Delivering ceramics is a way to get to know a country. I found myself in the car, ceramic pieces carefully packed in boxes at the back, on a narrow road in the Welsh countryside of Powys, marooned in a sea of wool as a flock of sheep was driven to an adjacent field by two men and a woman. It was warm enough to have the windows open and as the woman walked by, I asked her what breed they were (the sheep, not the people). “Badger Face Welsh Mountain” was the reply. I nodded sagely, as if I knew my sheep.
The countryside I was driving through was an upland area above the Wye River and I was on my way to Erwood but had allowed the satnav to dictate terms, so instead of going the direct way, I was doing the “picturesque” route via Paincastle, which meant dealing with slow, winding, single track lanes in an undulating landscape, but it also presented me with the unexpected opportunity to enjoy a rural backdrop that seems little touched by man…. until you realize that the place owes its personality to the sheep that graze it and the farmers that have shaped it through the ages. On this particular early Spring morning the sky was bright and clear, and the green was taking over from the Winter grey and the brown bracken. Clean air and only a whiff of sheep.
Erwood itself is tiny but used to have its own train station until 1962. Nowadays, three railway carriages from the 1880s mark the spot, and form part of the largest privately-run contemporary applied arts gallery in Wales, the Erwood Station Gallery. There’s even a diesel locomotive from 1939 parked outside, a restored Fowler 0-6-0 engine. It is only a few yards from the Wye river, and attracts not only anglers, but also walkers and cyclists.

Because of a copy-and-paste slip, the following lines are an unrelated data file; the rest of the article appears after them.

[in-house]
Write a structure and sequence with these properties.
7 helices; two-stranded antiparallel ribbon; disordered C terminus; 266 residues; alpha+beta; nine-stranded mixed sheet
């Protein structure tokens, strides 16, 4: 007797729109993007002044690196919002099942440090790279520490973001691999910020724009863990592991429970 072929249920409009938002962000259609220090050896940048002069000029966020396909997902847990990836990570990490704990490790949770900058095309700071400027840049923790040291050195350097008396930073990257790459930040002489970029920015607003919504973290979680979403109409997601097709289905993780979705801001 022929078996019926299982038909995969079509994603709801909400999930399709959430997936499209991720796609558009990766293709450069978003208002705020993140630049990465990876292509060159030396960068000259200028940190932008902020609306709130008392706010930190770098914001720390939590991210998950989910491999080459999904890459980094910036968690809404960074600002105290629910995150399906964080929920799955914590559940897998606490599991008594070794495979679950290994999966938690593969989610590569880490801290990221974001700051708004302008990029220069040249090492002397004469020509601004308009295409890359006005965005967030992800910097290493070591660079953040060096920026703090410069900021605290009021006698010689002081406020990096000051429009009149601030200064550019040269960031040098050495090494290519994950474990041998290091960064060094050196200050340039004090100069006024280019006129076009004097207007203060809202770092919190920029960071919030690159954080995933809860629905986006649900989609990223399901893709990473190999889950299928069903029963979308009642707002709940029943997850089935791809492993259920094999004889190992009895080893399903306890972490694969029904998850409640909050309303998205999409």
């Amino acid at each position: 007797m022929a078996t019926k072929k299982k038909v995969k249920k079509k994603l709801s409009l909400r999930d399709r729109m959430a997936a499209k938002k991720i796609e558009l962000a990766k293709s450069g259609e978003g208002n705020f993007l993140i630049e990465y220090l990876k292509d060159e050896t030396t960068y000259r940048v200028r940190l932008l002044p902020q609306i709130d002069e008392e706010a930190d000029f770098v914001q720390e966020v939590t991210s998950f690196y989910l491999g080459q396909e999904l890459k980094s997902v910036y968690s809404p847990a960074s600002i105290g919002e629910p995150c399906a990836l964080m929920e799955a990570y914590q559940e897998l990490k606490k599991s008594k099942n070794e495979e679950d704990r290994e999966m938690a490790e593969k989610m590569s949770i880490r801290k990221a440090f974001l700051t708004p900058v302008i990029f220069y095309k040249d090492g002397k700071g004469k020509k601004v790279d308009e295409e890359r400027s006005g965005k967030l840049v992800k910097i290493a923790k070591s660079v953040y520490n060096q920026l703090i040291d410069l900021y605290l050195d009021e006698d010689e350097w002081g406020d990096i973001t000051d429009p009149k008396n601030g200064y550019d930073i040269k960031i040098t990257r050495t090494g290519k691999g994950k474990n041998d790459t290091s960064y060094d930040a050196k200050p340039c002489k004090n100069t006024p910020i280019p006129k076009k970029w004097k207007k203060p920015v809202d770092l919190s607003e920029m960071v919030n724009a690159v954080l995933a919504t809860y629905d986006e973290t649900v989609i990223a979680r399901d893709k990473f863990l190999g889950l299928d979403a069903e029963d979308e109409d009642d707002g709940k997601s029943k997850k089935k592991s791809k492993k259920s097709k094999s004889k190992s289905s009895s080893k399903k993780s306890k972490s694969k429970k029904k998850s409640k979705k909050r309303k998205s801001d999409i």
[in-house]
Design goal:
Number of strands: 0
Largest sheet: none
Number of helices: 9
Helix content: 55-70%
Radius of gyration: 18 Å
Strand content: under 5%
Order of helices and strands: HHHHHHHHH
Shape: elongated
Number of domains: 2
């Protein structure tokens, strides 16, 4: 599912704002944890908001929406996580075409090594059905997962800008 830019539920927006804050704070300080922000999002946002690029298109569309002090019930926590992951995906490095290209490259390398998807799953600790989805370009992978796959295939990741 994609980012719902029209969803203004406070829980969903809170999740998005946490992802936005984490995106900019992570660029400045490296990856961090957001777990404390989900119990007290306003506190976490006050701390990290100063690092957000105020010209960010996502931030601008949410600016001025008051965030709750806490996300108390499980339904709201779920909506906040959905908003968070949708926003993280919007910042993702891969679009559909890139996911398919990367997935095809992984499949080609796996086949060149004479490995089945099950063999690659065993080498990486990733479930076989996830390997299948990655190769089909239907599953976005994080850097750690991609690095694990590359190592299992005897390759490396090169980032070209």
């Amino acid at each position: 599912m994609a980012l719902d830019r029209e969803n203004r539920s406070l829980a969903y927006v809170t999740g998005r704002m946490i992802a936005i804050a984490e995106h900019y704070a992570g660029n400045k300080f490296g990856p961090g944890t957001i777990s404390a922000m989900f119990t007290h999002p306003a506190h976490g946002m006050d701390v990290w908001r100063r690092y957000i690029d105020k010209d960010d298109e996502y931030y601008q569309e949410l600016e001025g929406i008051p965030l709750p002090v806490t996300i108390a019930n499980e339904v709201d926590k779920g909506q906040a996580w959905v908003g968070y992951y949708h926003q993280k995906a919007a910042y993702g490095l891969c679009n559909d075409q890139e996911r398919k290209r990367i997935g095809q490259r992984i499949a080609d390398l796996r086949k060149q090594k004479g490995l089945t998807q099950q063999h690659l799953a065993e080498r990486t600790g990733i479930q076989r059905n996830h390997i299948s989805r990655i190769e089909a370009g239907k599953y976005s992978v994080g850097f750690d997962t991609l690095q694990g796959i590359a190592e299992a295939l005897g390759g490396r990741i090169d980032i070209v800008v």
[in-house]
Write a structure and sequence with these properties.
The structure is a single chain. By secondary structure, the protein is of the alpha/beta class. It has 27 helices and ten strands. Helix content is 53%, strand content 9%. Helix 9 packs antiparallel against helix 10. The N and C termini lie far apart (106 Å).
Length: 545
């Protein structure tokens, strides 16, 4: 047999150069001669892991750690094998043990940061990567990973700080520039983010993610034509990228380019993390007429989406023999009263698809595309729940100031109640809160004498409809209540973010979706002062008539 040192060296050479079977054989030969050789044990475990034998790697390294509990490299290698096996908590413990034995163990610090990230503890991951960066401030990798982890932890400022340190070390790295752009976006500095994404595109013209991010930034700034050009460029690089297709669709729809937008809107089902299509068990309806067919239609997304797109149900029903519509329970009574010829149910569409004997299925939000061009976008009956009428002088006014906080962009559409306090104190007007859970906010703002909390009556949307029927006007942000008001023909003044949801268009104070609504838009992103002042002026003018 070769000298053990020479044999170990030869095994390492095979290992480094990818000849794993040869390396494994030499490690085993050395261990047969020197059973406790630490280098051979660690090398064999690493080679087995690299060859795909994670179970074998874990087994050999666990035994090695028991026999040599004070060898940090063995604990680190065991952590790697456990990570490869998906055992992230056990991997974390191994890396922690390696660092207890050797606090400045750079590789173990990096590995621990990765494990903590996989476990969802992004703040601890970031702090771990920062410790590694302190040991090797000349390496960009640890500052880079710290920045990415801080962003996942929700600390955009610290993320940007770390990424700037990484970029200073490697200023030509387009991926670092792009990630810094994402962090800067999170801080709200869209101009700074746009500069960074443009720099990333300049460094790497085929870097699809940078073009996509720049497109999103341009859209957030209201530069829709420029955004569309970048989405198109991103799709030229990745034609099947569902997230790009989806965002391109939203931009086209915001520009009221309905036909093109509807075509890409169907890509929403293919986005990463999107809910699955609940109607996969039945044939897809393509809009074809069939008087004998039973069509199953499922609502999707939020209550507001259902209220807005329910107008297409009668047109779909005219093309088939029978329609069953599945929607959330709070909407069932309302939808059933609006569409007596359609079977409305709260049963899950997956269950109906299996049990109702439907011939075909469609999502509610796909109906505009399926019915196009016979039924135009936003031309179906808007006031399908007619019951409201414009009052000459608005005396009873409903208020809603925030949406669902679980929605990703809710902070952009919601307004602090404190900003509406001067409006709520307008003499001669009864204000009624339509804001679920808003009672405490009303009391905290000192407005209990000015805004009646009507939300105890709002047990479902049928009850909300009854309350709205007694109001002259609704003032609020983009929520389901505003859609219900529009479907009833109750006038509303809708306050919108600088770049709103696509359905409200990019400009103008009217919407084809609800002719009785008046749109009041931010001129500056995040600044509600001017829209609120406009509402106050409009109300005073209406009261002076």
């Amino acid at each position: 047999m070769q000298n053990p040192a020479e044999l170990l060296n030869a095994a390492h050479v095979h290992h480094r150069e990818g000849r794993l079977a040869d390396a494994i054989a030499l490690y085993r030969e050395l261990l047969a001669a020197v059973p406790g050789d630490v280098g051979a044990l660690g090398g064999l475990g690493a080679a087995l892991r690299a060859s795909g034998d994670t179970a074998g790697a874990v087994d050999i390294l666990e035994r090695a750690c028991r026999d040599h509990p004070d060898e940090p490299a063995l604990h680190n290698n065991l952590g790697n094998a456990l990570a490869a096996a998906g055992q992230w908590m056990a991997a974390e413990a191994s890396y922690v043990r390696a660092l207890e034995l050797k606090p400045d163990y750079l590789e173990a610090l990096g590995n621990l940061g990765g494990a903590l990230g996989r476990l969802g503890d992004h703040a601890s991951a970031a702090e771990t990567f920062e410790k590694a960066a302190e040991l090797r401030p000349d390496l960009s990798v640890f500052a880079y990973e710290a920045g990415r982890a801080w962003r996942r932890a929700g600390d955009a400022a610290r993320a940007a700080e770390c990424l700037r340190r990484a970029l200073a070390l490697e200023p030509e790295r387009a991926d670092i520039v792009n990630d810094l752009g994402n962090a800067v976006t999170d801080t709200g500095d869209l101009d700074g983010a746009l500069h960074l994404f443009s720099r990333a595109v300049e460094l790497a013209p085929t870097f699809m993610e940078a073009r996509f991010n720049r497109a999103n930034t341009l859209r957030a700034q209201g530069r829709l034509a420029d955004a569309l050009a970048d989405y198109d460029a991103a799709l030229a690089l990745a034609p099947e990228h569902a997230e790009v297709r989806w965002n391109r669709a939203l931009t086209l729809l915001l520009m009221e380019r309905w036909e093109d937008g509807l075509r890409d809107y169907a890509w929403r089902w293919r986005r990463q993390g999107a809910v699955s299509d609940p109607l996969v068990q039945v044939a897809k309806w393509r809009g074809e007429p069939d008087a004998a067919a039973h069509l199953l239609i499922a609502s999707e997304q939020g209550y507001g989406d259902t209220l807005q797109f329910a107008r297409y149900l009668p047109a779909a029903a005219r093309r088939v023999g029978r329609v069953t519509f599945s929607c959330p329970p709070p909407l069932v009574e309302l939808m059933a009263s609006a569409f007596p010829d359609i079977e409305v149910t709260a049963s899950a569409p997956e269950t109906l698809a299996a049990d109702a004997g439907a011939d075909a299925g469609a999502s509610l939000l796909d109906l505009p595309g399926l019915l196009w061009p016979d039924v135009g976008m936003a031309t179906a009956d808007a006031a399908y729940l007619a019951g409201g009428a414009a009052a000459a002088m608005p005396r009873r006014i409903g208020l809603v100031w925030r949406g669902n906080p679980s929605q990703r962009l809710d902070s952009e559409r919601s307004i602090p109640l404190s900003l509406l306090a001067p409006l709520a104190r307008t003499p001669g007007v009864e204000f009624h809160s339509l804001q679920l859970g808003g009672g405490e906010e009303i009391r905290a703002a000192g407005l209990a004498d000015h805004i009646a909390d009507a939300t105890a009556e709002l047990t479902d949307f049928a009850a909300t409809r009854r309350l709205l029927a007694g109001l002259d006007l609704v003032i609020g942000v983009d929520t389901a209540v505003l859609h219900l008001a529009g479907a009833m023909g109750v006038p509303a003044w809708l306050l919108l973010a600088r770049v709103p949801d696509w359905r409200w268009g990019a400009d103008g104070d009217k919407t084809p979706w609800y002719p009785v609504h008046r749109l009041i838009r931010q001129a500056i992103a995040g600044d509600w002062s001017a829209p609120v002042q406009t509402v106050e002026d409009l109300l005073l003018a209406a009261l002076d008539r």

A stone’s throw from Erwood is the village of Crickadarn, which was the remote “East Proctor” in the cult film “An American Werewolf in London”. The gory scenes on the lonely moors with the rampant lycanthrope feasting on Badger Face Welsh were all shot in the nearby Black Mountains, but a Stoneware Wolf (yes, sorry) would undoubtedly calm down at the site of the ceramics on offer at the Erwood Station Gallery. Unless there is a full moon, in which case there would be little chance of protecting the fabulous pieces on show from any lupine loss of control.
By the way, if you have recently developed a craving for raw meat and a sudden fear of water, have begun ripping your clothes off during a full moon, have a unibrow across your forehead, find yourself screaming with anger when it’s nothing to do with Brexit, then you may well be a werewolf. Click here to see what happens during a full moon – warning: remember it’s all pretend.
Some of the pieces on view at the gallery:
Following your visit to Erwood you may well want to have a meal, in which case Hay-on-Wye is 20 minutes away by car. There you could spend a whole day just browsing in the bookshops for which it is famous, visiting the Erwood sister gallery, the Lion Street gallery, mainly showing the work of Welsh artists, or prowling around the open market (Thursdays only). Or you can hire a canoe and paddle down the Wye – if you are lucky you will catch sight of a flash of brilliant blue and green dropping into the water. A kingfisher.